Martyn McLaughlin

The Scotsman / Scotland on Sunday

The United Nations COP26 climate change conference in Glasgow was one of the most important diplomatic summits in history, tasked with averting the world from catastrophe. Few stories are more important, and Martyn McLaughlin’s reporting illuminated the hypocrisy, contradictions, and corporate interests underpinning - and undermining - the major event hosted by the UK government.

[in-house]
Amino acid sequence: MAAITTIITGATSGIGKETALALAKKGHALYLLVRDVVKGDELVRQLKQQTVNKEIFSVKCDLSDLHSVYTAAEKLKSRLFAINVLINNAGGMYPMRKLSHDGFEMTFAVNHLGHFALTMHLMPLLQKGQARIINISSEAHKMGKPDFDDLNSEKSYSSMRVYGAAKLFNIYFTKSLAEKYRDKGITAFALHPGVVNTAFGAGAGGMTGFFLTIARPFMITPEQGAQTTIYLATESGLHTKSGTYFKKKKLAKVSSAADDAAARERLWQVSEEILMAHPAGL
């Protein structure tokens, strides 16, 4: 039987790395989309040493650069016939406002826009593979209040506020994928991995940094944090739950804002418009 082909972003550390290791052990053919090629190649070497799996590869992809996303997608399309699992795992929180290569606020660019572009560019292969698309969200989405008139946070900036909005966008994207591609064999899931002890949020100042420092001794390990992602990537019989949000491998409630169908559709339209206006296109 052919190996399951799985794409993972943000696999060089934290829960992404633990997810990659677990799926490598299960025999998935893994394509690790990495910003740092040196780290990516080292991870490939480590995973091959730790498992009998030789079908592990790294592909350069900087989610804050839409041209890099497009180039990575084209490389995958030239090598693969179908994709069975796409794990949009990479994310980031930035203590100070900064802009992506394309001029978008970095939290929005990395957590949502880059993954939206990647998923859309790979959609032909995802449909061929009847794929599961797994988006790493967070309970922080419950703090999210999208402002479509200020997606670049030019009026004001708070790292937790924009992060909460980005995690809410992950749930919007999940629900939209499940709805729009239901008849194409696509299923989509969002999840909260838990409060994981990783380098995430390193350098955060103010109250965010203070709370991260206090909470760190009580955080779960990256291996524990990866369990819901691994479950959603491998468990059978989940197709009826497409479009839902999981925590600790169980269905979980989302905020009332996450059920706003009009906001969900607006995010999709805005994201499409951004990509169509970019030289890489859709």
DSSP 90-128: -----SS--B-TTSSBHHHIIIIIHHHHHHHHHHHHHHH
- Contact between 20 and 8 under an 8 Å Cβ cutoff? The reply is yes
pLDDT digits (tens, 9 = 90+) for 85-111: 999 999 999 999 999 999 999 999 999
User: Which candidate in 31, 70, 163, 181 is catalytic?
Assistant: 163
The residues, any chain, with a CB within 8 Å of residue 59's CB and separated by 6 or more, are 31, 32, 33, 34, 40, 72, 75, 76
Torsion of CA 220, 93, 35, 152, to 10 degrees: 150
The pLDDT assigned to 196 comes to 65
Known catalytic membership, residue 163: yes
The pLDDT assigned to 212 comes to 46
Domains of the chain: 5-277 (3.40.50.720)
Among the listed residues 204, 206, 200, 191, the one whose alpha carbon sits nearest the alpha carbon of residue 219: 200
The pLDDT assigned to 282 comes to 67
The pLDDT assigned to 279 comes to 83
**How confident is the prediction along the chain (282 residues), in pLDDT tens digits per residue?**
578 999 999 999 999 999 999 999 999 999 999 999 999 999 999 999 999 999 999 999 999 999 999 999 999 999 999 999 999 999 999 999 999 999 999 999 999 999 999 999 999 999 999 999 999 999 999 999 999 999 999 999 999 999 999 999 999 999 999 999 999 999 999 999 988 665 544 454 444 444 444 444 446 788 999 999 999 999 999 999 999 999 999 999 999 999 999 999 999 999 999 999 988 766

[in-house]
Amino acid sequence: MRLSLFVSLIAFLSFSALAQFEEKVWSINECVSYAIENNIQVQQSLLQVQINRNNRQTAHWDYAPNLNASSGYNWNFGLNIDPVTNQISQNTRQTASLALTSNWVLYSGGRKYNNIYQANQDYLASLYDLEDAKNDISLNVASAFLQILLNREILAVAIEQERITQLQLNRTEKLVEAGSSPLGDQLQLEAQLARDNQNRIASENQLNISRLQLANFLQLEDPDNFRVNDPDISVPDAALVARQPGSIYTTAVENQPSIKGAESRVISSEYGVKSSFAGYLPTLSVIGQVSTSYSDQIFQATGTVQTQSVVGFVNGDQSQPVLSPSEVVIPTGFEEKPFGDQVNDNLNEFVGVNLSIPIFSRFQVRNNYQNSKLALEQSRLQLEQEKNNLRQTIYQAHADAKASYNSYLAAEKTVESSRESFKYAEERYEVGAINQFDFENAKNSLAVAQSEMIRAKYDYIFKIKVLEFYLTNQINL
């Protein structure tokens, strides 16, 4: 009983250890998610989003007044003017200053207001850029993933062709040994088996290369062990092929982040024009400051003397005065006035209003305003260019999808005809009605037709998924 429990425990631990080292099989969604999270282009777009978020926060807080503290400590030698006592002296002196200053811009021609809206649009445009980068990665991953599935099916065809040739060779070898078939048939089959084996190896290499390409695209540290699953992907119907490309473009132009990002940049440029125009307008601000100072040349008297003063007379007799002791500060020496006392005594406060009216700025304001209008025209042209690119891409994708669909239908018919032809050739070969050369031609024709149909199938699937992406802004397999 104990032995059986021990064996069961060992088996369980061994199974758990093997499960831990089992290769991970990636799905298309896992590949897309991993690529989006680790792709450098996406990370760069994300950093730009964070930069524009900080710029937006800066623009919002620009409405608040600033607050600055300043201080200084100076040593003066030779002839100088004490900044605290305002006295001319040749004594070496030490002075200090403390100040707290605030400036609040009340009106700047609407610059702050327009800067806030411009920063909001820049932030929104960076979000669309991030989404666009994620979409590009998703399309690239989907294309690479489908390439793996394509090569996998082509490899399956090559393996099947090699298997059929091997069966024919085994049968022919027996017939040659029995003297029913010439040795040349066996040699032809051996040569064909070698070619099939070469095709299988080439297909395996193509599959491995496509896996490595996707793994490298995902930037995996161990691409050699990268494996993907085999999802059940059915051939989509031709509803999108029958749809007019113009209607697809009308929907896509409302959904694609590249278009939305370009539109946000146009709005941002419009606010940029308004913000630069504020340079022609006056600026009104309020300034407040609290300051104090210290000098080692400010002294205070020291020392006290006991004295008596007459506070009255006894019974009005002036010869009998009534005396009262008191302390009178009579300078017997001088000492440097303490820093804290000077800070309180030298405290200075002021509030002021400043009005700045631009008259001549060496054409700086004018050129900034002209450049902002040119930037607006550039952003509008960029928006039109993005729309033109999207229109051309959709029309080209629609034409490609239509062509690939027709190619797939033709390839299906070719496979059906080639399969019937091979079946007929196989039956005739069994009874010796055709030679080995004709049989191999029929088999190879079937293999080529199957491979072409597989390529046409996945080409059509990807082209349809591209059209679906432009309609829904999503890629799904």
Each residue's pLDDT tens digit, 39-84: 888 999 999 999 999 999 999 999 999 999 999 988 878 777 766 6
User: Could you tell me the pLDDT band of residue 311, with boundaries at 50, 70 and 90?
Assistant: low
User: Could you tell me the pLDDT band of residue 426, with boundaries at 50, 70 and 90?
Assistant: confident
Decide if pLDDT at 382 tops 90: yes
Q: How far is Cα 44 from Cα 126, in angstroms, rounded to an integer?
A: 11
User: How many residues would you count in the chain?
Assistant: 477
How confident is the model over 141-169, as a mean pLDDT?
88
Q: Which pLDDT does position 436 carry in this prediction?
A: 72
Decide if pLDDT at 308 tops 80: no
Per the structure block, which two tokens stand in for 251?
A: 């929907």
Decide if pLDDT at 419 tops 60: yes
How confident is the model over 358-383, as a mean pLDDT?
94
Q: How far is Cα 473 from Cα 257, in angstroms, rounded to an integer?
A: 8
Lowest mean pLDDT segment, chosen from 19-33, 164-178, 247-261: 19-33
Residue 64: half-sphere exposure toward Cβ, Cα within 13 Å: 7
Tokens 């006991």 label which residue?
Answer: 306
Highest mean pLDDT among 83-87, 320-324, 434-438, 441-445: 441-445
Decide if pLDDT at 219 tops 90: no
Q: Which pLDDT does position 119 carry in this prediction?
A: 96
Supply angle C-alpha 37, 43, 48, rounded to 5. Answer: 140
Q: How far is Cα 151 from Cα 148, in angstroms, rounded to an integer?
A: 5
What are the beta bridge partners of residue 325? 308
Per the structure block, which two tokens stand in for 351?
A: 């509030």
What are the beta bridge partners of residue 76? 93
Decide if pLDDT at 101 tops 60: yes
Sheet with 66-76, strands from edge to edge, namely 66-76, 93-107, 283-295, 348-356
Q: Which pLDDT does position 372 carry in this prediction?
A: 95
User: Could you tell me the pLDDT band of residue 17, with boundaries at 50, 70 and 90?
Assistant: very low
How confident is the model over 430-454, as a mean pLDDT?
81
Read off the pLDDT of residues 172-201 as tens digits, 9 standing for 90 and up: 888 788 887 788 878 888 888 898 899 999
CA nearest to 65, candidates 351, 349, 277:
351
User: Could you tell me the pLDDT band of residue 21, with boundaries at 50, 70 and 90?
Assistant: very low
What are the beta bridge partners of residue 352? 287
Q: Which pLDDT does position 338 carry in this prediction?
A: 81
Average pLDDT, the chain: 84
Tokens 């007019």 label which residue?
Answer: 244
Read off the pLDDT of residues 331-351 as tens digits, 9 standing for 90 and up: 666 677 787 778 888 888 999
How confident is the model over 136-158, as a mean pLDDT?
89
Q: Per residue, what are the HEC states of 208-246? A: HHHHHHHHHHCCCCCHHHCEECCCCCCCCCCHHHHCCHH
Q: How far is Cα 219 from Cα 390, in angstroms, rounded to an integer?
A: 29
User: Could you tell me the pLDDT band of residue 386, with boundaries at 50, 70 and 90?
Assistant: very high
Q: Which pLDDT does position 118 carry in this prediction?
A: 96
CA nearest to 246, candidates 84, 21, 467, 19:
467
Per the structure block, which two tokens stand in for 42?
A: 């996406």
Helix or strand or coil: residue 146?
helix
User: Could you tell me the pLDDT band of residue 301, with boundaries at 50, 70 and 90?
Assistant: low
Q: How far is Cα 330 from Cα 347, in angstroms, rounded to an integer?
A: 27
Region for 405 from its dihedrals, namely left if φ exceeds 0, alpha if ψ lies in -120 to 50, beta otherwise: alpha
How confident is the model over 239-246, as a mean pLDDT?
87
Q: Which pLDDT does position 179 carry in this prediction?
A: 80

In the months leading up to the summit, Martyn devised a systematic plan with which to build up contacts linked to the conference, while also developing a series of data and FoI-led approaches so as to scrutinise its planning and delivery. From cultivating sources with Foreign, Commonwealth and Development Office and Cabinet Office officials, hitting the ground to talk to temporary contractors working at the COP26 venues, or using advanced Excel skills to interrogate official data, he produced exclusive environmental investigations followed up by the international media. His groundwork paid dividends when he produced a front page splash and four page investigation in September 2021 exposing the derisory energy efficiency record of the COP26 venues. Through old-fashioned shoe leather reporting, freedom of information requests, and analysis of government data, Martyn’s report showed that the venues were emitting 6,600 tonnes of CO2 a year. It showed there were no renewable energy sources in place, and revealed the owners had failed to act on a series of legally binding improvement measures. But Martyn went further, disclosing the sprawling carbon footprint of government buildings, with heating-related CO2 emissions at Downing Street increasing for two years running. Martyn then delved further into the network of contracted COP26 companies. Poring over procurement records, he found details of a £250,000 contract secured by Arup, the engineering firm, to serve as the summit’s “official sustainability advisor.” Digging deeper, Martyn uncovered deals struck by Arup with fossil fuel firms, and his front page story detailed how it had designed and installed offshore platforms in oil and gas fields as far afield as New Zealand and Turkmenistan. It was also part of a consortium targeting the development of marginal fields in the North Sea. Yet Martyn arguably saved his best reporting for when he was at the summit. He drew on his contacts to get hold of a preliminary report detailing the carbon footprint of the entire event. It showed COP26 was on track to be the most polluting gathering of its kind, with CO2 emissions more than doubling compared to the last summit. International flights, the report added, accounted for a staggering 60% of the 102,500 tCO2e being pumped into the atmosphere. Martyn’s front page report was followed up by news organisations the world over, including the New York Times, the Washington Post, and the BBC. Dale Miller, head of news at Scotland on Sunday and The Scotsman, said: "Martyn has enjoyed an exceptional year in delivering a series of compelling exclusives. His key strength is his ability to land agenda-setting stories that have both national and international relevance, extending beyond just Scotland’s borders, and that distinguish our titles from the crowd."